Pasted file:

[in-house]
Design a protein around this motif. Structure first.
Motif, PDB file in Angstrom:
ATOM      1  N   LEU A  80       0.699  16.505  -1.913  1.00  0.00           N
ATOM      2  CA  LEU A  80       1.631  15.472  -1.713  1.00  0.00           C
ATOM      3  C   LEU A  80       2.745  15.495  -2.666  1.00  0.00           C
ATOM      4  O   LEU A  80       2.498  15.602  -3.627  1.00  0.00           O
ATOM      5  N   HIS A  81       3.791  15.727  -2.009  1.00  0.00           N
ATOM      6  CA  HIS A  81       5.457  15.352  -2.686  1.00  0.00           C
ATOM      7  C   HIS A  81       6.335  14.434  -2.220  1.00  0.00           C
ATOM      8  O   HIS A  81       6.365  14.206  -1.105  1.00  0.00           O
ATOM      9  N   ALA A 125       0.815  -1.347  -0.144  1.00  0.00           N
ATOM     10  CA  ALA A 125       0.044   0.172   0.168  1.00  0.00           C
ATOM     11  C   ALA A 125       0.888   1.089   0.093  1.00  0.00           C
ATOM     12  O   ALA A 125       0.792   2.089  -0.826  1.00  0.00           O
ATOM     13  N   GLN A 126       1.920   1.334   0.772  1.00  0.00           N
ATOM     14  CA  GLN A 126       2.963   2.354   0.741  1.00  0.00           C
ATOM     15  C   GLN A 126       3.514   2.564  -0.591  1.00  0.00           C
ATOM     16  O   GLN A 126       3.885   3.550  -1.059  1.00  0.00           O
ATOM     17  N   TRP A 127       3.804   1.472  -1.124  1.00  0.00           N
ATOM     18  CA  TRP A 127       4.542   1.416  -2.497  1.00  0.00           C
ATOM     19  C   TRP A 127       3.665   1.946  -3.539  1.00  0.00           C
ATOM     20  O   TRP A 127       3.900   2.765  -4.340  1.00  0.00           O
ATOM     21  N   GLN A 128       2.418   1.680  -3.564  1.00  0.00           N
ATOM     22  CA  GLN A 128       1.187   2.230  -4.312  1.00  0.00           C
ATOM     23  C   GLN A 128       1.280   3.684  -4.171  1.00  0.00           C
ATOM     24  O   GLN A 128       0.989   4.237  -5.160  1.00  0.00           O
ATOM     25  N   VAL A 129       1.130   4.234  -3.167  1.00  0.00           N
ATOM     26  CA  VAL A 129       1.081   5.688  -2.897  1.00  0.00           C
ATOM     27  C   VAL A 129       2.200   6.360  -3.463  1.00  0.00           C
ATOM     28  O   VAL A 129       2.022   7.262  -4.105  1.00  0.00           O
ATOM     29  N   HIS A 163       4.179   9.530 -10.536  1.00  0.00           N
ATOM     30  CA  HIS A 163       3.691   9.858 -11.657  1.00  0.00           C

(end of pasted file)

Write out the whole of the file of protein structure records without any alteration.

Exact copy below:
[in-house]
Design a protein around this motif. Structure first.
Motif, PDB file in Angstrom:
ATOM      1  N   LEU A  80       0.699  16.505  -1.913  1.00  0.00           N
ATOM      2  CA  LEU A  80       1.631  15.472  -1.713  1.00  0.00           C
ATOM      3  C   LEU A  80       2.745  15.495  -2.666  1.00  0.00           C
ATOM      4  O   LEU A  80       2.498  15.602  -3.627  1.00  0.00           O
ATOM      5  N   HIS A  81       3.791  15.727  -2.009  1.00  0.00           N
ATOM      6  CA  HIS A  81       5.457  15.352  -2.686  1.00  0.00           C
ATOM      7  C   HIS A  81       6.335  14.434  -2.220  1.00  0.00           C
ATOM      8  O   HIS A  81       6.365  14.206  -1.105  1.00  0.00           O
ATOM      9  N   ALA A 125       0.815  -1.347  -0.144  1.00  0.00           N
ATOM     10  CA  ALA A 125       0.044   0.172   0.168  1.00  0.00           C
ATOM     11  C   ALA A 125       0.888   1.089   0.093  1.00  0.00           C
ATOM     12  O   ALA A 125       0.792   2.089  -0.826  1.00  0.00           O
ATOM     13  N   GLN A 126       1.920   1.334   0.772  1.00  0.00           N
ATOM     14  CA  GLN A 126       2.963   2.354   0.741  1.00  0.00           C
ATOM     15  C   GLN A 126       3.514   2.564  -0.591  1.00  0.00           C
ATOM     16  O   GLN A 126       3.885   3.550  -1.059  1.00  0.00           O
ATOM     17  N   TRP A 127       3.804   1.472  -1.124  1.00  0.00           N
ATOM     18  CA  TRP A 127       4.542   1.416  -2.497  1.00  0.00           C
ATOM     19  C   TRP A 127       3.665   1.946  -3.539  1.00  0.00           C
ATOM     20  O   TRP A 127       3.900   2.765  -4.340  1.00  0.00           O
ATOM     21  N   GLN A 128       2.418   1.680  -3.564  1.00  0.00           N
ATOM     22  CA  GLN A 128       1.187   2.230  -4.312  1.00  0.00           C
ATOM     23  C   GLN A 128       1.280   3.684  -4.171  1.00  0.00           C
ATOM     24  O   GLN A 128       0.989   4.237  -5.160  1.00  0.00           O
ATOM     25  N   VAL A 129       1.130   4.234  -3.167  1.00  0.00           N
ATOM     26  CA  VAL A 129       1.081   5.688  -2.897  1.00  0.00           C
ATOM     27  C   VAL A 129       2.200   6.360  -3.463  1.00  0.00           C
ATOM     28  O   VAL A 129       2.022   7.262  -4.105  1.00  0.00           O
ATOM     29  N   HIS A 163       4.179   9.530 -10.536  1.00  0.00           N
ATOM     30  CA  HIS A 163       3.691   9.858 -11.657  1.00  0.00           C